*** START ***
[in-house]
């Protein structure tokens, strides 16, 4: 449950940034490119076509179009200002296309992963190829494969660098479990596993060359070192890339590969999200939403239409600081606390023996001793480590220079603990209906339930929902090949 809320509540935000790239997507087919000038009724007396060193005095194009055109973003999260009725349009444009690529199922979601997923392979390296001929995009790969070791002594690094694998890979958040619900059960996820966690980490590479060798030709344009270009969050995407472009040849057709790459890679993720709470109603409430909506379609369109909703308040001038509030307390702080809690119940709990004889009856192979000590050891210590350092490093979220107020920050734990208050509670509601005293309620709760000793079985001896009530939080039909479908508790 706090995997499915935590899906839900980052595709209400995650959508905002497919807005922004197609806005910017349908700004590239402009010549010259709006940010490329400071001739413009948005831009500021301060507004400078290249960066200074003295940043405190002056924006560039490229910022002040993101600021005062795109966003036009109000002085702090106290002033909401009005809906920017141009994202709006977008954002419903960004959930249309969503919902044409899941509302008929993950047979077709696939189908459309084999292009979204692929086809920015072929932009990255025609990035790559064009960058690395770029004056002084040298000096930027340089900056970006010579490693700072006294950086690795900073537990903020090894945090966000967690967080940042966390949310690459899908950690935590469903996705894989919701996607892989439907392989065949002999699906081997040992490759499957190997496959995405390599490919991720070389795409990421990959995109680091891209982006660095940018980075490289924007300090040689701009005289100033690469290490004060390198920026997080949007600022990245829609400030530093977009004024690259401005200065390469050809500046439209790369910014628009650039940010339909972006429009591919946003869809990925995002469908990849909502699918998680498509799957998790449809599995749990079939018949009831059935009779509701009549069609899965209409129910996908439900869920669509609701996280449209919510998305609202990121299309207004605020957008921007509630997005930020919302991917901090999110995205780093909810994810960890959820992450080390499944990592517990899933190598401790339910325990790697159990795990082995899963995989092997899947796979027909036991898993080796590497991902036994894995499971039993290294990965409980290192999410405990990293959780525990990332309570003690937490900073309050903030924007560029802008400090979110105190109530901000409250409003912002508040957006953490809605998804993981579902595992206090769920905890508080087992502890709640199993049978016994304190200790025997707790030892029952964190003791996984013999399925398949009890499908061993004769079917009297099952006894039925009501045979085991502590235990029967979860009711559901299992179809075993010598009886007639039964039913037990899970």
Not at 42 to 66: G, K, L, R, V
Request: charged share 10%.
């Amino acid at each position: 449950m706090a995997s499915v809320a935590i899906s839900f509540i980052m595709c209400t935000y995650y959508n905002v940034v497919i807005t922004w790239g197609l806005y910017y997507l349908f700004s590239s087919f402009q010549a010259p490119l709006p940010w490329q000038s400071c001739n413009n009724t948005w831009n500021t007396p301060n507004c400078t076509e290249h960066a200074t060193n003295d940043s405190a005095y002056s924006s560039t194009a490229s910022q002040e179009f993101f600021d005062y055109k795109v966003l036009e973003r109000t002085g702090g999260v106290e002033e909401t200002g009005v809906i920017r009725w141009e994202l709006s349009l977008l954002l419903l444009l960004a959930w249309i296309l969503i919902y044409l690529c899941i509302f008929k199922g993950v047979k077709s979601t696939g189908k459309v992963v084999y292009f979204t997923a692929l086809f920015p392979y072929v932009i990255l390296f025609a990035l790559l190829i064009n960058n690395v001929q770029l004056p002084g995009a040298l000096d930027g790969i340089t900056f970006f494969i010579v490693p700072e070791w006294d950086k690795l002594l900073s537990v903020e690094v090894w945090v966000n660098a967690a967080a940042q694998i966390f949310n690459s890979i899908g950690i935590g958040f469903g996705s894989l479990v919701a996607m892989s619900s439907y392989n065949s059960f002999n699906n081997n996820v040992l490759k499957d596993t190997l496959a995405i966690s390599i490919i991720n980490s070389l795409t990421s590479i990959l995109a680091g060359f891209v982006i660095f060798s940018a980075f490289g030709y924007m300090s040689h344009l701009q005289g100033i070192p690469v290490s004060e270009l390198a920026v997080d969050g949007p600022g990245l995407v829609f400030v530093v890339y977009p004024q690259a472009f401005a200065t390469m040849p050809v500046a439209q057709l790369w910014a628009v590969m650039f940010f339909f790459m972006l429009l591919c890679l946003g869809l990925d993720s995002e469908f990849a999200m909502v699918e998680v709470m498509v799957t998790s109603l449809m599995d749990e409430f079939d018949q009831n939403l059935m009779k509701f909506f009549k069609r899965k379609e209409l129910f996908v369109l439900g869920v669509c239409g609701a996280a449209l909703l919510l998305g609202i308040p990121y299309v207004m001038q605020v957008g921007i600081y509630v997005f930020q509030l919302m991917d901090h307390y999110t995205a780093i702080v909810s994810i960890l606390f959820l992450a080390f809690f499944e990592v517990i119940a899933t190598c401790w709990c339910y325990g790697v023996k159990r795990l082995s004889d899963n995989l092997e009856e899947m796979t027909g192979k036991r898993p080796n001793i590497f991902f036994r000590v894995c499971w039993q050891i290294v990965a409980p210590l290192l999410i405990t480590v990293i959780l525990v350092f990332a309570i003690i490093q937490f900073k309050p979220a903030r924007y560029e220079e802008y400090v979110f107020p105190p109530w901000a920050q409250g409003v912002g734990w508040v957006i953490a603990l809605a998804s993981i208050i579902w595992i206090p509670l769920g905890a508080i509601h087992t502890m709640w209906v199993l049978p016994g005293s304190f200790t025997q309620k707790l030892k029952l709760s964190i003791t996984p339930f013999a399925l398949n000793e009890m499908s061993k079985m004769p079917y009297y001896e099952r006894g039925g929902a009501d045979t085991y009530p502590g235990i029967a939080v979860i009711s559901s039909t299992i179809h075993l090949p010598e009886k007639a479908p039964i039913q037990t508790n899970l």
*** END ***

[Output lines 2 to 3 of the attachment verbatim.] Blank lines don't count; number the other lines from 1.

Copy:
């Protein structure tokens, strides 16, 4: 449950940034490119076509179009200002296309992963190829494969660098479990596993060359070192890339590969999200939403239409600081606390023996001793480590220079603990209906339930929902090949 809320509540935000790239997507087919000038009724007396060193005095194009055109973003999260009725349009444009690529199922979601997923392979390296001929995009790969070791002594690094694998890979958040619900059960996820966690980490590479060798030709344009270009969050995407472009040849057709790459890679993720709470109603409430909506379609369109909703308040001038509030307390702080809690119940709990004889009856192979000590050891210590350092490093979220107020920050734990208050509670509601005293309620709760000793079985001896009530939080039909479908508790 706090995997499915935590899906839900980052595709209400995650959508905002497919807005922004197609806005910017349908700004590239402009010549010259709006940010490329400071001739413009948005831009500021301060507004400078290249960066200074003295940043405190002056924006560039490229910022002040993101600021005062795109966003036009109000002085702090106290002033909401009005809906920017141009994202709006977008954002419903960004959930249309969503919902044409899941509302008929993950047979077709696939189908459309084999292009979204692929086809920015072929932009990255025609990035790559064009960058690395770029004056002084040298000096930027340089900056970006010579490693700072006294950086690795900073537990903020090894945090966000967690967080940042966390949310690459899908950690935590469903996705894989919701996607892989439907392989065949002999699906081997040992490759499957190997496959995405390599490919991720070389795409990421990959995109680091891209982006660095940018980075490289924007300090040689701009005289100033690469290490004060390198920026997080949007600022990245829609400030530093977009004024690259401005200065390469050809500046439209790369910014628009650039940010339909972006429009591919946003869809990925995002469908990849909502699918998680498509799957998790449809599995749990079939018949009831059935009779509701009549069609899965209409129910996908439900869920669509609701996280449209919510998305609202990121299309207004605020957008921007509630997005930020919302991917901090999110995205780093909810994810960890959820992450080390499944990592517990899933190598401790339910325990790697159990795990082995899963995989092997899947796979027909036991898993080796590497991902036994894995499971039993290294990965409980290192999410405990990293959780525990990332309570003690937490900073309050903030924007560029802008400090979110105190109530901000409250409003912002508040957006953490809605998804993981579902595992206090769920905890508080087992502890709640199993049978016994304190200790025997707790030892029952964190003791996984013999399925398949009890499908061993004769079917009297099952006894039925009501045979085991502590235990029967979860009711559901299992179809075993010598009886007639039964039913037990899970």
Not at 42 to 66: G, K, L, R, V